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The Future Of Video Games

Recently, me and a group of friends were discussing the future of television and it occurred to us that we never watch any shows or programmes as and when they are broadcast anymore. We either stream a whole series from Netflix or record live television to watch at our convenience, or watch an entire DVD/Blu-Ray box set and as most things tend to, it got me thinking about video games. 
Specifically, their future and what the industry might be like if it follows the path of television. This led me to jet packs and flying cars. But it’s quickly becoming apparent that those two things are never ever going to be in the present. But I digress.
On second thoughts…I don’t want flying cars or jet packs. I hated The Jetsons

Netflix suffers less limitations than regular television. You can choose when you want to watch, on what device you want to watch it and choose to any number of available season or episodes. When it comes to video games, there are some people who believe the industry will head in the same direction. I disagree.

And furthermore, as I personally prefer to own a hard copy, I genuinely hope this will not become a reality.

Call me a hypocrite for having Netflix, Amazon Prime and Spotify accounts but the television, film and music industries are very different to the games industry because they are all arguably well suited for streaming. When it comes to games, unless it’s episodic (like Telltale Games The Walking Dead series), downloading or streaming just feels odd and cumbersome – especially if, like me, you suffer a really crappy Internet connection.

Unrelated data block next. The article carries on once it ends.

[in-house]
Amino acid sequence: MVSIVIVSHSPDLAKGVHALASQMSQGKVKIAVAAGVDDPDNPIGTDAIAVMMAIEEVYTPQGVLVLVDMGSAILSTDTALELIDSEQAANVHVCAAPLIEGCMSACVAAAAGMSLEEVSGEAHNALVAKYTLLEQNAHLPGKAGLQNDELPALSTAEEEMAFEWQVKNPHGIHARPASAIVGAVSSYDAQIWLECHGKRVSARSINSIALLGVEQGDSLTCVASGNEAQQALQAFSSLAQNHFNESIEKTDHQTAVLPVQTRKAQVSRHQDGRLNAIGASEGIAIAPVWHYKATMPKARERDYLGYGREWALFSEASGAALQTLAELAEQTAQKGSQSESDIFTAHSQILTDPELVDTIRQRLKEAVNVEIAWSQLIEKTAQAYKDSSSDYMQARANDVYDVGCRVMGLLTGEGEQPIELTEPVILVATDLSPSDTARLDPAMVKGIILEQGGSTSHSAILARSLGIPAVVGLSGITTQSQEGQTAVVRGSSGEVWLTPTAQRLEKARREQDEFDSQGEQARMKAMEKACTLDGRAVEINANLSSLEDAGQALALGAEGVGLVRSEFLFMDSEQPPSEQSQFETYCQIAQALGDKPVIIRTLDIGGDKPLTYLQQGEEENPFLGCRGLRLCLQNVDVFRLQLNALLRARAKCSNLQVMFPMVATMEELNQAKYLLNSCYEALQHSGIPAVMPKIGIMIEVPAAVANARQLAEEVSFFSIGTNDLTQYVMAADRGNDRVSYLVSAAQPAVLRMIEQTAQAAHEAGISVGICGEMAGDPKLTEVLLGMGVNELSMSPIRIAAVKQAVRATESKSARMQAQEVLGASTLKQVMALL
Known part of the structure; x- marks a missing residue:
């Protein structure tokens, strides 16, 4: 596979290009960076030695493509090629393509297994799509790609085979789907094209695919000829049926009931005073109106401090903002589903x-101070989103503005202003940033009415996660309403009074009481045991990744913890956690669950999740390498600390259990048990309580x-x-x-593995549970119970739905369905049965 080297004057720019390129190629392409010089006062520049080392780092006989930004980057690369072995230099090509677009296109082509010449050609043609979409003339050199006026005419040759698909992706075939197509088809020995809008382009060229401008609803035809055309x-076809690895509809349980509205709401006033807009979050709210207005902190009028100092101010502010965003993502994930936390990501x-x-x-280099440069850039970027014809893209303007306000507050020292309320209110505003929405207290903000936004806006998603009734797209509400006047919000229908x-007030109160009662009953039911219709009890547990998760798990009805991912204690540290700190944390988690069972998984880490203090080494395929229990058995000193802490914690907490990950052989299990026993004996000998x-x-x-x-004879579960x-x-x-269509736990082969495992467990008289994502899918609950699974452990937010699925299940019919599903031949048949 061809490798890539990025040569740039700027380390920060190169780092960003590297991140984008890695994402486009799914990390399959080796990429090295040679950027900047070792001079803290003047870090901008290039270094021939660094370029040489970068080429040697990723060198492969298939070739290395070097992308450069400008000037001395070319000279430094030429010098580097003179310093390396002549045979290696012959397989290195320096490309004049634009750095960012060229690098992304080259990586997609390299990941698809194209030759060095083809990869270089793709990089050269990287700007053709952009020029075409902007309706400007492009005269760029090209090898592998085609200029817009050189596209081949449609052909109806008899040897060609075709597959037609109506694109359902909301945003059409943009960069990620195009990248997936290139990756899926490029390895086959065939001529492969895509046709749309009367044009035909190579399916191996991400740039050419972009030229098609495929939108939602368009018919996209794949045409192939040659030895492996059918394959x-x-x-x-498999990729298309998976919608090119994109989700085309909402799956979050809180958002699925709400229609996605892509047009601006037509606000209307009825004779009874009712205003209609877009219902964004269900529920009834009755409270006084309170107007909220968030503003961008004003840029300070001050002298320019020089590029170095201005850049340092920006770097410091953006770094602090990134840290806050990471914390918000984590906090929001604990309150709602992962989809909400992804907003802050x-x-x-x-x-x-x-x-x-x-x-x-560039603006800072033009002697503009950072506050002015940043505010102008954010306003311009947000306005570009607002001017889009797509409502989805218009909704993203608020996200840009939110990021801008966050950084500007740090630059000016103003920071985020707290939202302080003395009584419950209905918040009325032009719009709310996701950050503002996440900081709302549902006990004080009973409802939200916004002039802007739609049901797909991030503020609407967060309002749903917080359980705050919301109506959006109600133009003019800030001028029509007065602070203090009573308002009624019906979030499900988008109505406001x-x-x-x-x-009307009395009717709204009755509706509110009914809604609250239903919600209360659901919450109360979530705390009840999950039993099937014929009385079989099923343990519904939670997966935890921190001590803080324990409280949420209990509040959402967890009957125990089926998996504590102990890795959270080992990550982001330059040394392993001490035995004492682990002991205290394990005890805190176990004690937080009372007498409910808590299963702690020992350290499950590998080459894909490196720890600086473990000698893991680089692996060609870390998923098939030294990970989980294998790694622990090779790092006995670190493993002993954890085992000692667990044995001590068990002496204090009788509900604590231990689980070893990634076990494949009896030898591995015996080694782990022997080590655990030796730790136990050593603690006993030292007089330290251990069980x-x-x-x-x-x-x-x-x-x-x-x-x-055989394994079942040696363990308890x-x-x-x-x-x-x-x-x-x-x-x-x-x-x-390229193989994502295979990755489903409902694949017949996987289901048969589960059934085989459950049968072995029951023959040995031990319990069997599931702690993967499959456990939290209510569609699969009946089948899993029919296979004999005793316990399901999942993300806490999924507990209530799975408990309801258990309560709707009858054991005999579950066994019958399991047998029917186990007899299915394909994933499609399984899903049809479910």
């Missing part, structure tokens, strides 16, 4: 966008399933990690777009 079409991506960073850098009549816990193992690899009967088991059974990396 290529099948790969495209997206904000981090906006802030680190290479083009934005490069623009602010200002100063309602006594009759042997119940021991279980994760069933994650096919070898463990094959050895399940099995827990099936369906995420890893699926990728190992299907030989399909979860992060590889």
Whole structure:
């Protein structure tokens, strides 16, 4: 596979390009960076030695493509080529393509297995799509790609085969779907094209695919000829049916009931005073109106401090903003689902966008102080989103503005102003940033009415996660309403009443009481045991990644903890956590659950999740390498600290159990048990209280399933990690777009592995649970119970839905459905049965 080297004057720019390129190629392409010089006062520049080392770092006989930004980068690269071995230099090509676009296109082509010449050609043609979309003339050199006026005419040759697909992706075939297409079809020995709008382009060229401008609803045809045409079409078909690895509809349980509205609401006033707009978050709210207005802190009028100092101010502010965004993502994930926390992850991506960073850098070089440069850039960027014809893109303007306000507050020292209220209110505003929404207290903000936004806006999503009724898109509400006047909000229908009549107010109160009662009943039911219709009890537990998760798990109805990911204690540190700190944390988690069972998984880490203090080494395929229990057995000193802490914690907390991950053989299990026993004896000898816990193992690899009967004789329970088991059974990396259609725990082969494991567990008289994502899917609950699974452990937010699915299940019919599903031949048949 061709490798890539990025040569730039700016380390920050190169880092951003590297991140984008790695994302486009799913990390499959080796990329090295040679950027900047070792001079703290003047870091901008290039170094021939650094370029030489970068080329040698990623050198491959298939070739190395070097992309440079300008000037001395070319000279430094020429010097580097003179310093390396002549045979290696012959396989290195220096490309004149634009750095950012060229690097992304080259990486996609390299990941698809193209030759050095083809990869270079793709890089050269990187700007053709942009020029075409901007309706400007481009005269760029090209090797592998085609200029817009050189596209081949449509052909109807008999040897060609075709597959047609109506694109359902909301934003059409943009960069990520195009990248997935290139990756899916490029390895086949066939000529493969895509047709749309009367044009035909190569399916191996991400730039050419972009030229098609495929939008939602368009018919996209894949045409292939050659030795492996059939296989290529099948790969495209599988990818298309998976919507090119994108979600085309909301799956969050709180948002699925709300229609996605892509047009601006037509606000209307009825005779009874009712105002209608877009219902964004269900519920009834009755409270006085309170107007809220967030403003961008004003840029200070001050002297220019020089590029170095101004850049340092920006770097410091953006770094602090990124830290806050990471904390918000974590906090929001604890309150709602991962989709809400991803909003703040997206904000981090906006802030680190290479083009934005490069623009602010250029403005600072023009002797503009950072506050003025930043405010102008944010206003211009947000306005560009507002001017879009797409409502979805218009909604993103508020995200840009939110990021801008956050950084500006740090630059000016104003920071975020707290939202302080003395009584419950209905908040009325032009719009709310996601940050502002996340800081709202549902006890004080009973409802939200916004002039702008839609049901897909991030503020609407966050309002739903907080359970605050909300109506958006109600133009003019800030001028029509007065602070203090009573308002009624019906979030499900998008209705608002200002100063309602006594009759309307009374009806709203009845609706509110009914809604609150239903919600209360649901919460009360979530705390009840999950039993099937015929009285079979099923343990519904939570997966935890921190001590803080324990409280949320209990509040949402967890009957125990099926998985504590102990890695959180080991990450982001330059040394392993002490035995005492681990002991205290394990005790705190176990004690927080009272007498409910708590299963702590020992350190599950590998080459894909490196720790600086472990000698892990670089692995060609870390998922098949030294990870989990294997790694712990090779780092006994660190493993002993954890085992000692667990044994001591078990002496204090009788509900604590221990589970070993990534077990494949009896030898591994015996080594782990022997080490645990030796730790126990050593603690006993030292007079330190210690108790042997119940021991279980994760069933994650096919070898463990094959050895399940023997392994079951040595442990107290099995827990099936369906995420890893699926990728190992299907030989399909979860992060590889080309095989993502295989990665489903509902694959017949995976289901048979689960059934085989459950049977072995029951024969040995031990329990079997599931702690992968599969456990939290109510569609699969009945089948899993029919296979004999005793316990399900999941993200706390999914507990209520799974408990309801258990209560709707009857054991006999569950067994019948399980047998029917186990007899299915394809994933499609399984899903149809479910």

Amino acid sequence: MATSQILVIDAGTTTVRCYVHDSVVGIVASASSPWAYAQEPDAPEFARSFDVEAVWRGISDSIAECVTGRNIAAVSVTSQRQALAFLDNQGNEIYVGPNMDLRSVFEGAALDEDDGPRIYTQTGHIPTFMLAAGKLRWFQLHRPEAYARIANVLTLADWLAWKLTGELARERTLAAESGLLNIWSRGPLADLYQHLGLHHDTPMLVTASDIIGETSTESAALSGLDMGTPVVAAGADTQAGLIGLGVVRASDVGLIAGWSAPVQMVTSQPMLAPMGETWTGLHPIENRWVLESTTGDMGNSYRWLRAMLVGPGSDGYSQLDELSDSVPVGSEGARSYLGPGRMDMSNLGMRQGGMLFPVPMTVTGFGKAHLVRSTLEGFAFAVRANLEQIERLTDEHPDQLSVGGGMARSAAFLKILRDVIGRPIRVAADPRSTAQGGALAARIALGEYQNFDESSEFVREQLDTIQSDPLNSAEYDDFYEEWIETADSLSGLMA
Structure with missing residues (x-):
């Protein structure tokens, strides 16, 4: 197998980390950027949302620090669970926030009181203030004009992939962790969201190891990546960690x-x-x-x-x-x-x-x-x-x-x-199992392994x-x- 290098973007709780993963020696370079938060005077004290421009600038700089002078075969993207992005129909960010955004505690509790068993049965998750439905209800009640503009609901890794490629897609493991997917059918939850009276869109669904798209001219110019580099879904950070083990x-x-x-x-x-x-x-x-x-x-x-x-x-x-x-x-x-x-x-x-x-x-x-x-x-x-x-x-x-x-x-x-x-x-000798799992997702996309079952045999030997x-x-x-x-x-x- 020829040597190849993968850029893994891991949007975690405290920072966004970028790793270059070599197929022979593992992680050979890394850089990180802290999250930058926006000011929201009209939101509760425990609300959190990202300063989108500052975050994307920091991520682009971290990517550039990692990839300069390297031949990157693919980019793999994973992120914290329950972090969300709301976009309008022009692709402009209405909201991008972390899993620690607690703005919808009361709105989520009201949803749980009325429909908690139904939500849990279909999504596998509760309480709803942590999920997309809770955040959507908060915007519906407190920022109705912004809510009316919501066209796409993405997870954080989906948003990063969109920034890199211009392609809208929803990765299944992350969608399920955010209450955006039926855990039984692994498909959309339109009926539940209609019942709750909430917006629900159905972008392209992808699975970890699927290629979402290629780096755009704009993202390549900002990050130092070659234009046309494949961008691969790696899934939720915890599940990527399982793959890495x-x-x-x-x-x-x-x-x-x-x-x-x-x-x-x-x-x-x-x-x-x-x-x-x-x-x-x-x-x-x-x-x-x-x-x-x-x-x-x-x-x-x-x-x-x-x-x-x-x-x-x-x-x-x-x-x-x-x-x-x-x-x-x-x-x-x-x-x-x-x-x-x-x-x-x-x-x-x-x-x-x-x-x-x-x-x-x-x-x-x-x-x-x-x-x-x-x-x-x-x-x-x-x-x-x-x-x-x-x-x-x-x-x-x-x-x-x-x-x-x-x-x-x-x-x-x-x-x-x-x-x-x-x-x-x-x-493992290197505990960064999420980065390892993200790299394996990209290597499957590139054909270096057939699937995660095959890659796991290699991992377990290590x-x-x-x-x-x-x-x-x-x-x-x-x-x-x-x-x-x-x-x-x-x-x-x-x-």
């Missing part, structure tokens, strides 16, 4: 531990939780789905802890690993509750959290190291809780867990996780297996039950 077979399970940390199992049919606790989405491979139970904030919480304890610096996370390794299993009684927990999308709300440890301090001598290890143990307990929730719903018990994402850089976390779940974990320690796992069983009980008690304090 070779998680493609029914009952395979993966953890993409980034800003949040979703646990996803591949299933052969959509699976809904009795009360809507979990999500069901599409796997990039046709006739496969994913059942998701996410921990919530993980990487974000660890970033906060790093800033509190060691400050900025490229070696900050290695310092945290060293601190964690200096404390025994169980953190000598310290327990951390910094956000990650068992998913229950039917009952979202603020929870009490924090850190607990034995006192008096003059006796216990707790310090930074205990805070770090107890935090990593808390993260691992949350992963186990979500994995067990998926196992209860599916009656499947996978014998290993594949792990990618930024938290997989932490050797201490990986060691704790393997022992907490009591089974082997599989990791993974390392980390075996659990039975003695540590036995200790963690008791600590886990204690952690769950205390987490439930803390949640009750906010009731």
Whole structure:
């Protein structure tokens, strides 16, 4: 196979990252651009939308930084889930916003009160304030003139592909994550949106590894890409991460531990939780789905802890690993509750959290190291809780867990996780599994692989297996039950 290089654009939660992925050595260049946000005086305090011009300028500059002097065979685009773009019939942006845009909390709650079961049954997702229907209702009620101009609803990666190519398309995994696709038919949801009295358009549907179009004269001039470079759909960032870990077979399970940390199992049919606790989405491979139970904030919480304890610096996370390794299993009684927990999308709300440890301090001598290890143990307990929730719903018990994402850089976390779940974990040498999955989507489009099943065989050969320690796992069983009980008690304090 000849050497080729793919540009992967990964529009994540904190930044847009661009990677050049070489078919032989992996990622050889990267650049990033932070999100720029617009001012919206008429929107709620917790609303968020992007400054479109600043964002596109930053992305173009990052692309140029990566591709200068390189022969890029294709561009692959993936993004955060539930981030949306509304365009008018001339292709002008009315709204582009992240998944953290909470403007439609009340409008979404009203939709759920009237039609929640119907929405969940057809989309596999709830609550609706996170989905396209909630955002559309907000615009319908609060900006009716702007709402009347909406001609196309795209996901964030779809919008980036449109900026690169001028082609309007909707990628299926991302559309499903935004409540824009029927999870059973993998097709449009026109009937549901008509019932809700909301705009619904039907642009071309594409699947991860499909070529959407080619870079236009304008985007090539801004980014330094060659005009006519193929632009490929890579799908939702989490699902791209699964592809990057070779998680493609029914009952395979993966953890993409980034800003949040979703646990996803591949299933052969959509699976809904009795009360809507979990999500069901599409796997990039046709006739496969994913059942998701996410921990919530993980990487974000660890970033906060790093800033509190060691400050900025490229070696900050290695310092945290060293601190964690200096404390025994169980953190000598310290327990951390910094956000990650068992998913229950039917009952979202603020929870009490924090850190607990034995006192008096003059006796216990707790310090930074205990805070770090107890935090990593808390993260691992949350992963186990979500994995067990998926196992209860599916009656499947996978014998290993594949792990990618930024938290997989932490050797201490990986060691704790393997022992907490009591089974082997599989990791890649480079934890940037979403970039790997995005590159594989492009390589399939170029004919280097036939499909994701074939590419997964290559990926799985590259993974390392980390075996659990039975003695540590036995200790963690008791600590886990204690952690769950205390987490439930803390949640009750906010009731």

Telltale Games The Walking Dead

In the beginning, games were meant to be played for five to ten minutes at a time…or for as long as the amount of coins you had in your pocket lasted of course. As they evolved they became more sophisticated, with better game engines and improved graphics, story and gameplay. Soon, games lost their arcade roots and morphed into pursuits that required more than ten minutes to navigate vast, sprawling worlds and detailed narratives that require hours and hours of investment. 
Among my friends, there are many who have downloaded a game at least once, however the titles downloaded are almost always arcade titles, free games or DLC. I genuinely don’t know anyone who has bought and downloaded a game (major shop AAA release title, i.e. GTA V) on its release date. The majority of gamers still purchase physical copies; we prefer the shiny round discs in their plastic formed boxes. We like to own stuff!
Michael Thomasson, the Guinness World Record holder for biggest video game collection (Image: via Kotaku)

When you think about it, there is absolutely no reason to own a special edition of a game title. The additional cost gives you a few extra weapons, a level or two, maybe a soundtrack, if it’s really swanky, a plastic statuette – but how often do you play with said extra weapons or explore additional levels?

Not enough to warrant the cost, I imagine.

But we like it because a) it’s a pretty trophy on a shelf and b) because it’s limited and games have taught us to be covetous of rare items.

Having no physical copy of a game is meant to streamline and de-clutter our lives, because taking a disc out of a box, placing it in the drawer and pressing buttons is apparently a difficult and complicated task to perform.